‪GMOs are an experiment, plain and simple.  It is not the consumer’s responsibility to prove that GMOs are safe or to put their health on the line in the name of science.  GMOs must be removed from the market and then be properly and independently tested.  Until then, we have the power to act.  We can demand labeling of GMO foods.  The FDA has until mid-April to respond to the petition to label GMO’s.   Go to to learn more.‬

‪7 Simple Actions You Can Do Now‬

‪1.    Read every label – every time‬
‪2.    Know your brands‬
‪3.    Stay away from the top GMO 8:  corn, soybeans, canola, cottonseed, sugar beets, Hawaiian papaya, yellow squash and zucchini (buy these organic, but be aware that cross-breeding between GMO & Organic can easily occur for certain crops, like corn)‬
‪4.    Go Organic whenever possible‬
‪5.    Look for the “Non-GMO Project” Seal‬
‪6.    Shop using the “Non-GMO Shopping Guide”‬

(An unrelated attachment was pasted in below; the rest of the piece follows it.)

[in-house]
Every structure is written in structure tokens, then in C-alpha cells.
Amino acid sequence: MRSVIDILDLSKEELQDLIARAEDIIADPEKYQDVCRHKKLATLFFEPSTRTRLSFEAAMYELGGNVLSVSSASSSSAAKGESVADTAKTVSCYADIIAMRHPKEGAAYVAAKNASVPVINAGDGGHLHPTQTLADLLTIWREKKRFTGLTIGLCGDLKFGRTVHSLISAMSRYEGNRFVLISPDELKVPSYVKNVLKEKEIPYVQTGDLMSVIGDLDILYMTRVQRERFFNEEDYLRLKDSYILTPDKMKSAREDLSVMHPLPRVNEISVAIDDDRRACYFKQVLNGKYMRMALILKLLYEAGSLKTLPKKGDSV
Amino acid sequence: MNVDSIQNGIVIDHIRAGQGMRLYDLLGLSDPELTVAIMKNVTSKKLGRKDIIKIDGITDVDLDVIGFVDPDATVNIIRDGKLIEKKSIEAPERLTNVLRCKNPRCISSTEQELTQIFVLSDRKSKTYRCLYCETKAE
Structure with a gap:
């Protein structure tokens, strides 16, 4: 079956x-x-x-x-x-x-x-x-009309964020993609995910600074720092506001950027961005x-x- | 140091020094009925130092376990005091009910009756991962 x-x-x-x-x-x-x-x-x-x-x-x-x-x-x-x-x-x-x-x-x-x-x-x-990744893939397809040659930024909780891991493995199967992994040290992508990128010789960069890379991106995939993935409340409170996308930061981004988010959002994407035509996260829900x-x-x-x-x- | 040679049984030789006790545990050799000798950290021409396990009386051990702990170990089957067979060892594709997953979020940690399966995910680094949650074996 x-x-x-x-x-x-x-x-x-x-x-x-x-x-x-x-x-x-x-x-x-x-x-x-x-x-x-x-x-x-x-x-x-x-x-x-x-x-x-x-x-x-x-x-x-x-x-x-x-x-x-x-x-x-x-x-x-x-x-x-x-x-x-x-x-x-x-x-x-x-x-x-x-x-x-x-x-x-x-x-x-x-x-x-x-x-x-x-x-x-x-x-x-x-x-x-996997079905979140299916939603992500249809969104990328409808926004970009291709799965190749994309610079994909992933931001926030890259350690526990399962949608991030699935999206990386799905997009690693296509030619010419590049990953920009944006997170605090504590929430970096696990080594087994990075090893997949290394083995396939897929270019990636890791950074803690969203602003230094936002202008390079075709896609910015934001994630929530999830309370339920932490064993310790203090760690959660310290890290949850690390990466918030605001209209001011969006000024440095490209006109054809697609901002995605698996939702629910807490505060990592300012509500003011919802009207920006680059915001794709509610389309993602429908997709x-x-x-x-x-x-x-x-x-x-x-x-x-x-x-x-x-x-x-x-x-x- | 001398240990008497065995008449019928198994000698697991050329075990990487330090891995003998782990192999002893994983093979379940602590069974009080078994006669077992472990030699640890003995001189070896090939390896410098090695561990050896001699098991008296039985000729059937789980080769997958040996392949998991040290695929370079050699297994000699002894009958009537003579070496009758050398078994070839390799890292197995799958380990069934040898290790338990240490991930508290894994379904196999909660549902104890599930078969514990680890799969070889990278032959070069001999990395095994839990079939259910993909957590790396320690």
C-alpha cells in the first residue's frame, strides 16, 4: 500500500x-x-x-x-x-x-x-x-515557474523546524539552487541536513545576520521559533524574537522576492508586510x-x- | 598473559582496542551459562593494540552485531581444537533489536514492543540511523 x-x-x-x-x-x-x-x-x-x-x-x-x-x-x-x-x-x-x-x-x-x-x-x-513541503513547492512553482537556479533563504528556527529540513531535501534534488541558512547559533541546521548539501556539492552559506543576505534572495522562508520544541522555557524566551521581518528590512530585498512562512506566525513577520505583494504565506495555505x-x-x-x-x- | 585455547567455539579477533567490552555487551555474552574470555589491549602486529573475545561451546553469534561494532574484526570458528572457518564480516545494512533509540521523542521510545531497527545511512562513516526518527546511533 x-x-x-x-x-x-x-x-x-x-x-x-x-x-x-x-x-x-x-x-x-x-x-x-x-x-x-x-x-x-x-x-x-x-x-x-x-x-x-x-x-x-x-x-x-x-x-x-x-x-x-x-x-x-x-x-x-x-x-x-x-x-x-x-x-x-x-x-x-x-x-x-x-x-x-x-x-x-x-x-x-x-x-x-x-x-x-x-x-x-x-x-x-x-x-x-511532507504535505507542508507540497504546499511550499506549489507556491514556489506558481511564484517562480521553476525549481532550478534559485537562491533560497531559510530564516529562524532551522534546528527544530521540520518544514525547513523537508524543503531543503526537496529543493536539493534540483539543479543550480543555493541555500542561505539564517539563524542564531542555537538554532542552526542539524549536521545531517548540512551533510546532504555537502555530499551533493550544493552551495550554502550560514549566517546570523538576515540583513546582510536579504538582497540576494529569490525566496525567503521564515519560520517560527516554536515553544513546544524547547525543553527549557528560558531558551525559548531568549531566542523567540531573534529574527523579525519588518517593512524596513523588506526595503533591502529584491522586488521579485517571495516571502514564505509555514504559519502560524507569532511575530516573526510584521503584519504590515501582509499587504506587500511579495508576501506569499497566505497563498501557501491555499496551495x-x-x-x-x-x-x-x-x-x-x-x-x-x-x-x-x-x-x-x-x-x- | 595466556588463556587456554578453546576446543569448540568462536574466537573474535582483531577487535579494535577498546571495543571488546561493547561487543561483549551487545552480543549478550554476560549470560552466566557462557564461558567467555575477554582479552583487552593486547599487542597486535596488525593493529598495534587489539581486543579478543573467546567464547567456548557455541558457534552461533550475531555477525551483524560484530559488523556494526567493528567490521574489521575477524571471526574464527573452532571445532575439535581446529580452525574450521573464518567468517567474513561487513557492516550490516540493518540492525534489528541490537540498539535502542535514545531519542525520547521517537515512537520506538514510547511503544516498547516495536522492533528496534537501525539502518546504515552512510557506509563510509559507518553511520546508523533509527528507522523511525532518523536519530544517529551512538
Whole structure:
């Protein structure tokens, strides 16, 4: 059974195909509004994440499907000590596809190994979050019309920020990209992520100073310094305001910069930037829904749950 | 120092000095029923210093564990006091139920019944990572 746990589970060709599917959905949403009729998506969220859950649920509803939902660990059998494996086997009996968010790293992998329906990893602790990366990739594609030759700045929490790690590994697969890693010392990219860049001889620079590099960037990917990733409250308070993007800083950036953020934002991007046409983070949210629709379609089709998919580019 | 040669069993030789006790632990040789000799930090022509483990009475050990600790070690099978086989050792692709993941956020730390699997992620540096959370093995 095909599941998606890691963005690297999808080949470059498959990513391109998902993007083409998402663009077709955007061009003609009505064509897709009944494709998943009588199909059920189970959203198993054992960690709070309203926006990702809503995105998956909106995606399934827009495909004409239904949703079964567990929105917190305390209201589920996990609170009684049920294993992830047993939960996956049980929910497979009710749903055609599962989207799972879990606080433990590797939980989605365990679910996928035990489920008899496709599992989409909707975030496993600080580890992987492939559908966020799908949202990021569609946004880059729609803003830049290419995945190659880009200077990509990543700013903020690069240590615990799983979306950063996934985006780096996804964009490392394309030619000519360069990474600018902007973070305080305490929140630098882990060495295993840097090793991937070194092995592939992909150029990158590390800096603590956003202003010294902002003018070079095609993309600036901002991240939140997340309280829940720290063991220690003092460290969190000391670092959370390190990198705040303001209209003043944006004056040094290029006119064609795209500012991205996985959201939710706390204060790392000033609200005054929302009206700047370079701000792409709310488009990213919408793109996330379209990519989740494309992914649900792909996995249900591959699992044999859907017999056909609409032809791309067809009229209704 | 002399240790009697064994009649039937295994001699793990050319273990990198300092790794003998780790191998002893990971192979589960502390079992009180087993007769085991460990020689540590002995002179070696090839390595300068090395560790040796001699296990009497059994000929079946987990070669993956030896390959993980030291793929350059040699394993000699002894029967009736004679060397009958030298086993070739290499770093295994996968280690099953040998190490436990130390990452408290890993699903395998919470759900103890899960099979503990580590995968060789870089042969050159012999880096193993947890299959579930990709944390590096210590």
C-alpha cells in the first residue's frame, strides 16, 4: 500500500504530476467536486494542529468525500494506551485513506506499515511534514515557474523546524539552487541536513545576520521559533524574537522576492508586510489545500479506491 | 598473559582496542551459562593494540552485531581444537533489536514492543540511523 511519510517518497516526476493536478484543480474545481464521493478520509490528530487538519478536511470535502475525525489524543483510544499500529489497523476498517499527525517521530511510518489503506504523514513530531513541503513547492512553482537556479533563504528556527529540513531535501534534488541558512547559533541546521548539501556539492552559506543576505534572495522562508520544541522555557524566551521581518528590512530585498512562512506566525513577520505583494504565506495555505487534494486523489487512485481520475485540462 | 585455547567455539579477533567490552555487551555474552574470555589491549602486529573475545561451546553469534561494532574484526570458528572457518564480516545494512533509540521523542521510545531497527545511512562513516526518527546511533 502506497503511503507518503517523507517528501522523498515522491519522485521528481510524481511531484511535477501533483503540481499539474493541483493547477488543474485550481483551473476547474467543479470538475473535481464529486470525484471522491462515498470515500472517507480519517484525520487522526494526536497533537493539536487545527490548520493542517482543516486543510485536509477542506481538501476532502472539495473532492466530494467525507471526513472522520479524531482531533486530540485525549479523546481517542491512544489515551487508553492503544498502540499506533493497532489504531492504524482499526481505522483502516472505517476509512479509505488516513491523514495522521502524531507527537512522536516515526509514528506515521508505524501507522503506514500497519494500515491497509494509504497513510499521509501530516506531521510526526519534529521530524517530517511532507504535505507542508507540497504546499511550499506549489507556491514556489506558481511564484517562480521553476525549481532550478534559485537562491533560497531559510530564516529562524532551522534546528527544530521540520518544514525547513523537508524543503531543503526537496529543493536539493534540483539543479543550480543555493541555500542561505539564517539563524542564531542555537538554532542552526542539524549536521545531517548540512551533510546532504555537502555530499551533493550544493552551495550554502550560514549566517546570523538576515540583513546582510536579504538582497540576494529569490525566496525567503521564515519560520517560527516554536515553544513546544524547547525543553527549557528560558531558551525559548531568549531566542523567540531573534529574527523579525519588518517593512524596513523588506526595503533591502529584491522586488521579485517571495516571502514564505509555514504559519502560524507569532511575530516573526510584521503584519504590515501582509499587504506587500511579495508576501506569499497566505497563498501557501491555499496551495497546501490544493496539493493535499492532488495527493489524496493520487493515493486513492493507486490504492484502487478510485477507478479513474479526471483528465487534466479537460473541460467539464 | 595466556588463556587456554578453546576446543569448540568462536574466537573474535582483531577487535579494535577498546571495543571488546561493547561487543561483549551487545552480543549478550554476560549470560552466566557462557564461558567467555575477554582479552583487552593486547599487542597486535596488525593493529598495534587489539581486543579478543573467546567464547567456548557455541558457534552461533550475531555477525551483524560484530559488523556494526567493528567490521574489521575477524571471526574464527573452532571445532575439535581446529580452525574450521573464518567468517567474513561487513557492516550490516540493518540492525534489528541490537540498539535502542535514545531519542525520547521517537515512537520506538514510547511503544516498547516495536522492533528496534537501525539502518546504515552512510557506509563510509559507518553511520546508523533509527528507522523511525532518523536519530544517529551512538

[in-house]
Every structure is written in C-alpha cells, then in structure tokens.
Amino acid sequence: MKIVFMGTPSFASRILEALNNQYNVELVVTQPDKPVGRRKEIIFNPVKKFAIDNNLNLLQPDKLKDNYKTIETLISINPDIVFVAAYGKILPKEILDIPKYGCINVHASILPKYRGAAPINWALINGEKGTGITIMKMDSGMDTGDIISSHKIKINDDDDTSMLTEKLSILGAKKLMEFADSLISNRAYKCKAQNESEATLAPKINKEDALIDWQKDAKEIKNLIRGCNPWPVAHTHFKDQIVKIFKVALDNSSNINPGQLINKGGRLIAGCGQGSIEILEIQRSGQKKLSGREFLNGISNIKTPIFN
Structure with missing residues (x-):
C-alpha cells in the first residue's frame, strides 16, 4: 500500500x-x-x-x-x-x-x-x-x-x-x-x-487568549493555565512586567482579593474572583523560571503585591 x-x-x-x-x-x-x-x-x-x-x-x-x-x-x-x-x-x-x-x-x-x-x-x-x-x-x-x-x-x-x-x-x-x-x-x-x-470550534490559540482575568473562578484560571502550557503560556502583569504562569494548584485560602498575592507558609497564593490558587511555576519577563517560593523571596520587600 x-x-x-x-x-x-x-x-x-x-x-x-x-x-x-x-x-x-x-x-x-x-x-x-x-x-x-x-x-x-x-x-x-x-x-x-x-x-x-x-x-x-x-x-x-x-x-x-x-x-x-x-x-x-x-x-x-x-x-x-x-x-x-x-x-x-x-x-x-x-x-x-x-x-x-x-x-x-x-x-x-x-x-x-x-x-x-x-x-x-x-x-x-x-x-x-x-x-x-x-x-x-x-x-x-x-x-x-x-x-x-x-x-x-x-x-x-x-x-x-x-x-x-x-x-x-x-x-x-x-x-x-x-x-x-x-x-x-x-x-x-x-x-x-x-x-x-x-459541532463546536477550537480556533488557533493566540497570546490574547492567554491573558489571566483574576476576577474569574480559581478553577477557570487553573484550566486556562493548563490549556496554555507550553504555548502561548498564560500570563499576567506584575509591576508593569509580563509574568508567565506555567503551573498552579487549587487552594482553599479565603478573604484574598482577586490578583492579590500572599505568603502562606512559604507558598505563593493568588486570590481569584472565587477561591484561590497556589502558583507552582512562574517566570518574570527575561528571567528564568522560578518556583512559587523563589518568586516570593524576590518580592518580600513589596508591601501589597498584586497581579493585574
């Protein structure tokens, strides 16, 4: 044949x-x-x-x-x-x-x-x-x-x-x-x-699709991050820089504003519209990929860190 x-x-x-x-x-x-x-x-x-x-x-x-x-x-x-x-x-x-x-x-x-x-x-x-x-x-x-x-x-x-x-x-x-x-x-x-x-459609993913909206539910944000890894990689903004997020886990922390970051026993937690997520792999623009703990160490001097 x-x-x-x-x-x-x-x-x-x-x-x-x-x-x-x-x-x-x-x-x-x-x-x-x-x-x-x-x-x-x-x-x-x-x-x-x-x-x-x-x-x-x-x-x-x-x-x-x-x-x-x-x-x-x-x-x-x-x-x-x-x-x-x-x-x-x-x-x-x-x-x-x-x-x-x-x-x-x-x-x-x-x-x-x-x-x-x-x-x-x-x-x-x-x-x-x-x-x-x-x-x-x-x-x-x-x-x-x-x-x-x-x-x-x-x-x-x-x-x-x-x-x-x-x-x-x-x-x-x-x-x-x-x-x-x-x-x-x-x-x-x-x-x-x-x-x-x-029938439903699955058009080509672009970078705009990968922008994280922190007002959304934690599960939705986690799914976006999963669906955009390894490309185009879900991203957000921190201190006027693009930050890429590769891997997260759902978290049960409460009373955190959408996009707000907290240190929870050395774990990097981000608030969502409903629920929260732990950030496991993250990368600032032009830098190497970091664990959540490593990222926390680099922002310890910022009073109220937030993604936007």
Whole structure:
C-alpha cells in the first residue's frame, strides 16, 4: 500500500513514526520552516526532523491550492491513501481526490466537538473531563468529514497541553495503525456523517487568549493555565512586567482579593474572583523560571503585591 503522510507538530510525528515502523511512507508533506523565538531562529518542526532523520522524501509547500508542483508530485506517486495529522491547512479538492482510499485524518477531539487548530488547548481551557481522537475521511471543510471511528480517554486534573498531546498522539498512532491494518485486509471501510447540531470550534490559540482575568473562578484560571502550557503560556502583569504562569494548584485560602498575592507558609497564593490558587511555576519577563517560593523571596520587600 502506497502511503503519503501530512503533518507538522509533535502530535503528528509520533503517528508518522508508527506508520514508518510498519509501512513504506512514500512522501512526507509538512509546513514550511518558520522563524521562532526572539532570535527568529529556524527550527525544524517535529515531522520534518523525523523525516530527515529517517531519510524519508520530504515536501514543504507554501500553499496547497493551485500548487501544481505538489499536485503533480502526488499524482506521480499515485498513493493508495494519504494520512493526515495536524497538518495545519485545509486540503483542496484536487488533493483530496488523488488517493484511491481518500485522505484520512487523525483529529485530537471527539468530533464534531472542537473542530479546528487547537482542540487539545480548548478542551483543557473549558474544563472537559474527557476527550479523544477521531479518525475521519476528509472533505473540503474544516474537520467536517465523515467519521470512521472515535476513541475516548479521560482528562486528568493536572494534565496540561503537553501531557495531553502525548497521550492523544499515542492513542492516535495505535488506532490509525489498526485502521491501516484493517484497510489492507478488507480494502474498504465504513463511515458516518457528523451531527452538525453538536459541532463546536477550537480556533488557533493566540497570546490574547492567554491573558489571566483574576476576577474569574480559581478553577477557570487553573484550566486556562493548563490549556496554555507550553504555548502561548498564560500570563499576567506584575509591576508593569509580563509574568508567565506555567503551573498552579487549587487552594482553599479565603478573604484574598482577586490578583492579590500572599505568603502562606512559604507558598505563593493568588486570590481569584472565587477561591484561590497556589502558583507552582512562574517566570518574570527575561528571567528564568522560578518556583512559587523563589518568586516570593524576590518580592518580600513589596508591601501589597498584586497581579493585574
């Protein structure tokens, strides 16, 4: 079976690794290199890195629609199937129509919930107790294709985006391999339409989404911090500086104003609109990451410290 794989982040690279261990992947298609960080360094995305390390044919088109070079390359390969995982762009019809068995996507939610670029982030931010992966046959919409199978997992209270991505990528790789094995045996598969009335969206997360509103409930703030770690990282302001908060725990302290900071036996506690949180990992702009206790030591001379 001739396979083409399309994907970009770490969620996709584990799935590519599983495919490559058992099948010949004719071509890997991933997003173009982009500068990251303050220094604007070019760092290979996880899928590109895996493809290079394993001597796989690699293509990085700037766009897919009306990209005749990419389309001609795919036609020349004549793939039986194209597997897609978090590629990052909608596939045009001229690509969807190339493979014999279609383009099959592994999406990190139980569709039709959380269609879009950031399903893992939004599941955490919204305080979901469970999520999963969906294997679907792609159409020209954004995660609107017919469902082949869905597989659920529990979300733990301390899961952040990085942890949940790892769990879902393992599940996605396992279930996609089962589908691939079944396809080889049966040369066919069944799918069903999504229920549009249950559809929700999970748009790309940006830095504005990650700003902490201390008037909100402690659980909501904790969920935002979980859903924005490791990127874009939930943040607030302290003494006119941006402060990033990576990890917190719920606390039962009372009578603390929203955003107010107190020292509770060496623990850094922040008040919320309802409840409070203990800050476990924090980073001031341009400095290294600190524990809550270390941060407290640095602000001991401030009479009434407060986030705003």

‪7.    Ask the FDA for Labeling.  Nearly one million people have sent their comments to the FDA through the “Just Label It!” campaign at  The FDA has until mid-April to respond to the petition to label GMOs.  ‬


‪The Institute for Responsible Technology (‬

‪Just Label It!  (‬
‪ ‬
‪The Non-GMO Shopping Guide  (‬)


About Elisabeth

Writer, owner of Blue Pearl Strategies, and lover of all culinary delights, Elisabeth is a Tender Foodie. She started The Tender Palate, a website for foodies with food allergies where she consults with experts from every area of the Tender Foodie life. She believes that everyone should live deliciously and have a healthy seat at the table. Find her at